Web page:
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A Date at the Museum

The National Mall in Washington, DC is one of the great public spaces in the world. It’s lined with the various buildings that make up one of the greatest museum systems in the world: the Smithsonian Institution. One of the greatest blessings of this system is that the Smithsonian Museums are FREE, a benefit that even extends to the buildings outside of downtown Washington. For example, the Steven F. Udvar-Hazy Center is two huge hangars near Dulles Airport (about 45-50 minutes outside DC in Loudon County, Virginia) filled to the ceiling with iconic pieces of aviation history.

Photo by Dane Penland, National Air and Space Museum, Smithsonian Institution

Photo by Dane Penland, National Air and Space Museum, Smithsonian Institution

You can even get a close look at some of those icons being restored, according to Alison Mitchell, Public Affairs Specialist for the National Air and Space Museum.

 “One of the most unique features of the Udvar-Hazy Center is the Mary Baker Engen Restoration Hangar. From a glassed-in mezzanine, visitors can observe museum conservation staff members working on behind-the-scenes work rarely seen by the public.”

Photo by Dane Penland, National Air and Space Museum, Smithsonian Institution

Photo by Dane Penland, National Air and Space Museum, Smithsonian Institution

The museum also has a great collection of supersonic aircraft, like the SR-71 Blackbird (one of the coolest aircraft from the cold war, pictured left).  The foreboding black aircraft with its sharp edges was designed to cruise at mach 3.2 – just over 2,200 miles an hour – and fly as high as 85,000 feet to complete photo reconnaissance in the age before stealth technology. Check out this video of the Blackbird in flight.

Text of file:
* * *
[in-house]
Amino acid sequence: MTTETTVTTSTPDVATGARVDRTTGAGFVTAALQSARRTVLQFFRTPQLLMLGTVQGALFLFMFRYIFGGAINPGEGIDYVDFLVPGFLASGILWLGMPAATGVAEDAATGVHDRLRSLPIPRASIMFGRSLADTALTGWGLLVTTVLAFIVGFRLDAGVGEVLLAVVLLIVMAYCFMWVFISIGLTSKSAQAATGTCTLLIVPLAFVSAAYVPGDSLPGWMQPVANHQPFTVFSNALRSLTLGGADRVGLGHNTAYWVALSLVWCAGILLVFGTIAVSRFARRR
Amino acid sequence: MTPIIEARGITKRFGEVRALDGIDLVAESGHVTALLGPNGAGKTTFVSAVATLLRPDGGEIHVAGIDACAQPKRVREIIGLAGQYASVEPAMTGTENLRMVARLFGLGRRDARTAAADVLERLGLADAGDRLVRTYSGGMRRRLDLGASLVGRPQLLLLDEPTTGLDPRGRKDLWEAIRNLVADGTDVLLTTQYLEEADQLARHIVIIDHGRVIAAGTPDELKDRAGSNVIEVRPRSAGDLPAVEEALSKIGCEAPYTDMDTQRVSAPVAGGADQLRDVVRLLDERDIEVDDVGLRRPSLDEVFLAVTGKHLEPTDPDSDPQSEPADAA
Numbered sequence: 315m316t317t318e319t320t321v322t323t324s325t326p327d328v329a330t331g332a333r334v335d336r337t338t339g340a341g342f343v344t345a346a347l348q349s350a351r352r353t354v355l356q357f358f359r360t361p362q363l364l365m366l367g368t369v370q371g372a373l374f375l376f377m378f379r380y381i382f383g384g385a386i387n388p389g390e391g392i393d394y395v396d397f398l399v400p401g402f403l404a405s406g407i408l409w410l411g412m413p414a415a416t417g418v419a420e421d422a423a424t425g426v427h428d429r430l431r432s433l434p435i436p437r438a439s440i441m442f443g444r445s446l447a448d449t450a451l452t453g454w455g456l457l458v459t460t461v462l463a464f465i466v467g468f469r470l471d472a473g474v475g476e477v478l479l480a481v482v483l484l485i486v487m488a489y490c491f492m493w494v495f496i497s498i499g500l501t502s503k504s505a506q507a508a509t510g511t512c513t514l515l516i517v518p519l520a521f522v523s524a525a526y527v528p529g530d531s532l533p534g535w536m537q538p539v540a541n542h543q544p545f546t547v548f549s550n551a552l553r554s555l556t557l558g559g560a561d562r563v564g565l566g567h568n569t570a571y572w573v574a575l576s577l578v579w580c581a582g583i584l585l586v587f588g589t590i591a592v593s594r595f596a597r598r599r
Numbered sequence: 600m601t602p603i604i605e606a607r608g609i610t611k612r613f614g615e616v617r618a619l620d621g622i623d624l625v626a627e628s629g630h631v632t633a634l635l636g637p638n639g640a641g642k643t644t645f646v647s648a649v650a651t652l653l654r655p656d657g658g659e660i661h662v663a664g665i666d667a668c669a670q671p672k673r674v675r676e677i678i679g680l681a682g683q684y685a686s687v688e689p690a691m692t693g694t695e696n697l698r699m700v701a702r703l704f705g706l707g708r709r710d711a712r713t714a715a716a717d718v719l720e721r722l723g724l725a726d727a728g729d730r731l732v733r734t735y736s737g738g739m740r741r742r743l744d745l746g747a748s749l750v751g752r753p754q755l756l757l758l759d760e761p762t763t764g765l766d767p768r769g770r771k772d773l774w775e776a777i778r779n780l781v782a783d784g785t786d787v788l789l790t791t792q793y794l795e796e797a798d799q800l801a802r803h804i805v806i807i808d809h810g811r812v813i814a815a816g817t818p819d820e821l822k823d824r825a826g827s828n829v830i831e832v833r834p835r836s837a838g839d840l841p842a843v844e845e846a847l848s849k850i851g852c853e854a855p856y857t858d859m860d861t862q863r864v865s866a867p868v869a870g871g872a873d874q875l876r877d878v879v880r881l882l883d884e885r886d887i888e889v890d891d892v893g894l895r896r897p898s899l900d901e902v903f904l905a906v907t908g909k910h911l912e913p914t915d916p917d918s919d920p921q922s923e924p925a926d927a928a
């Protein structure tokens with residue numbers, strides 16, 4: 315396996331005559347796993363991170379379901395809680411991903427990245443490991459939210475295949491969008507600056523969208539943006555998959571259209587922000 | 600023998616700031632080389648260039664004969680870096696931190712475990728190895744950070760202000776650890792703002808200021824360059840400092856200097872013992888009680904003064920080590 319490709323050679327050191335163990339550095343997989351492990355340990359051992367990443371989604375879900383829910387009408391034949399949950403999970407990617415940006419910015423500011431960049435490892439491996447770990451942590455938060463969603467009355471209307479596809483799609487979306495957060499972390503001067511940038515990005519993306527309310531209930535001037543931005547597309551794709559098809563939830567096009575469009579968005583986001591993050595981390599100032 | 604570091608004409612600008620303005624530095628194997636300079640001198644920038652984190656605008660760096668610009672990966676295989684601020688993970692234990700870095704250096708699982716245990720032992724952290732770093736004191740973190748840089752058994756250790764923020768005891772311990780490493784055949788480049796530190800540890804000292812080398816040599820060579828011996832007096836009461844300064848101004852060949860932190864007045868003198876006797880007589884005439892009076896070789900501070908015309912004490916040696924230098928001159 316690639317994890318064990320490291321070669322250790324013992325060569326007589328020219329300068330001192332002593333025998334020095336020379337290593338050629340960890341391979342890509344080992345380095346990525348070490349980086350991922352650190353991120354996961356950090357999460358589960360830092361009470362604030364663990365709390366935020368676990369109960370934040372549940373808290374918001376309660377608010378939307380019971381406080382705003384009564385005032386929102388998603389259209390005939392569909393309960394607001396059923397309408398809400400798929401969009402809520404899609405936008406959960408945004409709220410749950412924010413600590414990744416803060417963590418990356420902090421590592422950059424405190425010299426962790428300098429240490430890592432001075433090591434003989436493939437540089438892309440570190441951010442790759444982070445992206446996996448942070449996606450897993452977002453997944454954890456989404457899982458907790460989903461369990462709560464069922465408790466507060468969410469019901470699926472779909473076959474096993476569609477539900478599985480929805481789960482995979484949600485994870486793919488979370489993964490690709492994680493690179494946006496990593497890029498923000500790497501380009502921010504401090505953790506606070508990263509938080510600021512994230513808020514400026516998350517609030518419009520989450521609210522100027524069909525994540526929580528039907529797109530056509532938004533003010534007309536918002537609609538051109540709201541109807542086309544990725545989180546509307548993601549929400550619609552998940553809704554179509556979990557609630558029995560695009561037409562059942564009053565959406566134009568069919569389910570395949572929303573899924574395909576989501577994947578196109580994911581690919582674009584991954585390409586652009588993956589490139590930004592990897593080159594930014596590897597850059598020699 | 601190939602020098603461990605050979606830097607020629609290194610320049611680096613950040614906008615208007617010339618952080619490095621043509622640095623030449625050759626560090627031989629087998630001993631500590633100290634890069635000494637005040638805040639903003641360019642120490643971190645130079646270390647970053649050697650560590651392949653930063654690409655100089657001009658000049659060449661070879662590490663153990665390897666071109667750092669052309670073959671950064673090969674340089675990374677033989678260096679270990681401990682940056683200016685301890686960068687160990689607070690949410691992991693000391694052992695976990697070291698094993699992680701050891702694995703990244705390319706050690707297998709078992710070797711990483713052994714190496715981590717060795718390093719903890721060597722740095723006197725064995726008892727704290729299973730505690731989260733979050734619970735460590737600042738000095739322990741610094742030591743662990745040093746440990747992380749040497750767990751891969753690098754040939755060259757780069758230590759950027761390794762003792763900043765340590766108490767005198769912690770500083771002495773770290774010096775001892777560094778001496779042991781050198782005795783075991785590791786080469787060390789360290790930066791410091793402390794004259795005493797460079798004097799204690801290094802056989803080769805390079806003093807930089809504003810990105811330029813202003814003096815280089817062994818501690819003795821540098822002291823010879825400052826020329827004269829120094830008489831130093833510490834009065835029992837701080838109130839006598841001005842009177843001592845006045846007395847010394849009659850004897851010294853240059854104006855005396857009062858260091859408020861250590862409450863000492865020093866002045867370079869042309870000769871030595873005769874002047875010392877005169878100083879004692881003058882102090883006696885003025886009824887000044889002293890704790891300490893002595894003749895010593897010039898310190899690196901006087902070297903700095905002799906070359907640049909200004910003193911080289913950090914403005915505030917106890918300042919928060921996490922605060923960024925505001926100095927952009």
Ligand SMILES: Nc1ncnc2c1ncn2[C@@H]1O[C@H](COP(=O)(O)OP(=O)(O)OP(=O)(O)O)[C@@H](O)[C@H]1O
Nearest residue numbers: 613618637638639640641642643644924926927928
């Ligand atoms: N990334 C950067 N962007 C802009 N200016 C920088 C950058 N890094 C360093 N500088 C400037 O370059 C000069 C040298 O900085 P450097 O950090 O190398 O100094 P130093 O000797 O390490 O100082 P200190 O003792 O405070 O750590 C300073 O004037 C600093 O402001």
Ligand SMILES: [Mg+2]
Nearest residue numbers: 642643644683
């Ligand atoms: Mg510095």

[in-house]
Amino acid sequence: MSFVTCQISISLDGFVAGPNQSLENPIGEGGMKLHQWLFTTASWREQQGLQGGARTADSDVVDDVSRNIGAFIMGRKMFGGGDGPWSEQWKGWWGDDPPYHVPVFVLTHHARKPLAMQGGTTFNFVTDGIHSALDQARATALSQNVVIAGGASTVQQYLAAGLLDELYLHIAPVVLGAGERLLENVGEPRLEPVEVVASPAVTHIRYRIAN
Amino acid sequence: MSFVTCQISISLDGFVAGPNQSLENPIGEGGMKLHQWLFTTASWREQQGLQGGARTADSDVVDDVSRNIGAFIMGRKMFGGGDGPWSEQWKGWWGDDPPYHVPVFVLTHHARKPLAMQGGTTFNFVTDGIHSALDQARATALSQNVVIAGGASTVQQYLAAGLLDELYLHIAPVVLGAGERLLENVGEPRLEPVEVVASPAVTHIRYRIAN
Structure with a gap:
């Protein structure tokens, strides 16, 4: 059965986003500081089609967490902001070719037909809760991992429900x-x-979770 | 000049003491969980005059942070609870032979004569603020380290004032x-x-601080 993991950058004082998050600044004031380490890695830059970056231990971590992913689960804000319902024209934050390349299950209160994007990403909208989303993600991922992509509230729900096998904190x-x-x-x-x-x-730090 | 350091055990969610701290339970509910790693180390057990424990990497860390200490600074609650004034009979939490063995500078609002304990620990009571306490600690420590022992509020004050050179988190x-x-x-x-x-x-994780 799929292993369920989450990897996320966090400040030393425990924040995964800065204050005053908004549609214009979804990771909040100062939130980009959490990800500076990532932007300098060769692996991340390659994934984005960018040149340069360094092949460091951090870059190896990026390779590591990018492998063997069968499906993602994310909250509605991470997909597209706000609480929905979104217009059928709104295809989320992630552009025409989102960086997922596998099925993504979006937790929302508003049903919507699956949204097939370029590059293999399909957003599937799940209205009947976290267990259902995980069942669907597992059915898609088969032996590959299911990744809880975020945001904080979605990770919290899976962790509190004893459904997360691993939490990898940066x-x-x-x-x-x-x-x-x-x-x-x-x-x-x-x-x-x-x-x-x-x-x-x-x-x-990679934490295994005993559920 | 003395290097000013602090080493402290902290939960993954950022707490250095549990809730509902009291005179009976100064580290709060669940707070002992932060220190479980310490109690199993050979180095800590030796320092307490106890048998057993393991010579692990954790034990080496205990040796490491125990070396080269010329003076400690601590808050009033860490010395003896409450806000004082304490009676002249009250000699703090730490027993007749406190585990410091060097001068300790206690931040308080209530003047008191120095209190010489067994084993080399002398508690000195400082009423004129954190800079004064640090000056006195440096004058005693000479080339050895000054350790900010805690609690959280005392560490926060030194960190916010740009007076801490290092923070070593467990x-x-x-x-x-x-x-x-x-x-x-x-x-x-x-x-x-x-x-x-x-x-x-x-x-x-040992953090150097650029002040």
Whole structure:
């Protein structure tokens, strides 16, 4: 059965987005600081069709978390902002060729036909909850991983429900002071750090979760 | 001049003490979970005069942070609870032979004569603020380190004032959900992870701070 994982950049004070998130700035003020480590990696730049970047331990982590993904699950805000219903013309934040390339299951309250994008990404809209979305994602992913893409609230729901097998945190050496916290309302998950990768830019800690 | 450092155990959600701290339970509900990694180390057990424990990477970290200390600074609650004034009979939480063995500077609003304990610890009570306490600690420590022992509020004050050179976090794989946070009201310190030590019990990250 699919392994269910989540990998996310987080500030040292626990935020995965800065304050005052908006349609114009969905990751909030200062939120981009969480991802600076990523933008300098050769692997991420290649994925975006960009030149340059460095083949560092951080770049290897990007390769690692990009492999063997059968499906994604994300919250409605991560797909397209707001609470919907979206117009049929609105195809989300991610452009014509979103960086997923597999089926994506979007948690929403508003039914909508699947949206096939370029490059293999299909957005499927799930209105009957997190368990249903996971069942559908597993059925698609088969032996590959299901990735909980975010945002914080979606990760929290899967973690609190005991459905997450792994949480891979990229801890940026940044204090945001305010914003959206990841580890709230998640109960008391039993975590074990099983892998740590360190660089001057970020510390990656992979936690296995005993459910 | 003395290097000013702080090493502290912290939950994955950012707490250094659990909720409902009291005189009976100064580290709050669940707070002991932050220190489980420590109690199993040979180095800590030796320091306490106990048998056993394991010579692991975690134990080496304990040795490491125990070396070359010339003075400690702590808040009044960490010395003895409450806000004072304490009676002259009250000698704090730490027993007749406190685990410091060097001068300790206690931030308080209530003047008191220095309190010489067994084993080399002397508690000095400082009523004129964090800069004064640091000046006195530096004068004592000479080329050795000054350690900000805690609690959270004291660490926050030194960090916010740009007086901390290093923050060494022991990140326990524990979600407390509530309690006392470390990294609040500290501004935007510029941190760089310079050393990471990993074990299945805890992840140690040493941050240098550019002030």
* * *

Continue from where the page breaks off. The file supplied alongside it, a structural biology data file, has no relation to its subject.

A Concorde is also in the hanger, and for those of you too young to remember the Concorde was a commercial aircraft that flew between Washington Dulles, JFK New York, Paris and London from 1976 and 2003. The trip from New York to Paris took just 3.5 hours; now that is a way to fly.

Photo by Dane Penland, National Air and Space Museum, Smithsonian Institution

Photo by Dane Penland, National Air and Space Museum, Smithsonian Institution

The most amazing piece of history in the hangar is the Space Shuttle Discovery. The shuttle spent a cumulative time of 365 days, 22 hours, 39 minutes, 33 seconds in space during its career.  I look at the shuttle and feel pride at what we’ve accomplished as a people and sadness in what we’ve lost with all the shuttles now sitting in museums instead of exploring space. I also suggest taking a good look at the tires, for the size of the aircraft they don’t look too big; they aren’t much larger than a truck tire.

The center gives you a chance to be a little more active than just walking around the catwalks and looking at the legends of flight. You can purchase tickets for three ride simulators, SpaceWalk 2004 that simulates the experience of riding aboard the space shuttle; Wings described as a “fast-paced ride through the history of aerial combat”; and the Cosmic Coaster ride through the cosmos.  You can also try your hand at flying an F-4 Phantom in the interactive simulator, no tickets required for that one, just patience to stand in line.

The Udvar-Hazy also holds summer concerts outside the hangars. You’re welcome to bring a blanket, cooler and lawn chairs to listen to military bands along with other local musical groups. You don’t need tickets or to pay for parking as parking is free after 4 pm.  You could make a nice date out if it, with a stroll through the museum, an IMAX movie, and then relax with a picnic and music.

The Udvar-Hazy can be reached by bus from the steps of the National Air and Space Museum, although that trip can take over an hour. The drive there isn’t bad either, taking only about 35-40 minutes, depending on traffic.  If you decide to drive the parking is $15, but the museum is free.

Whatever you happen to be into, there are plenty of big attractions for us big kids with a love of flight to enjoy.

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About No Kids, Will Travel

In the eyes of their friends and family, Amanda and Zeke are a young jet setting couple without any real responsibility. In real life, the stress of work and raising a kitten push them to flee reality at every opportunity. The "lack of obligation" gives them the chance to explore the world.

One comment on “A Date at the Museum

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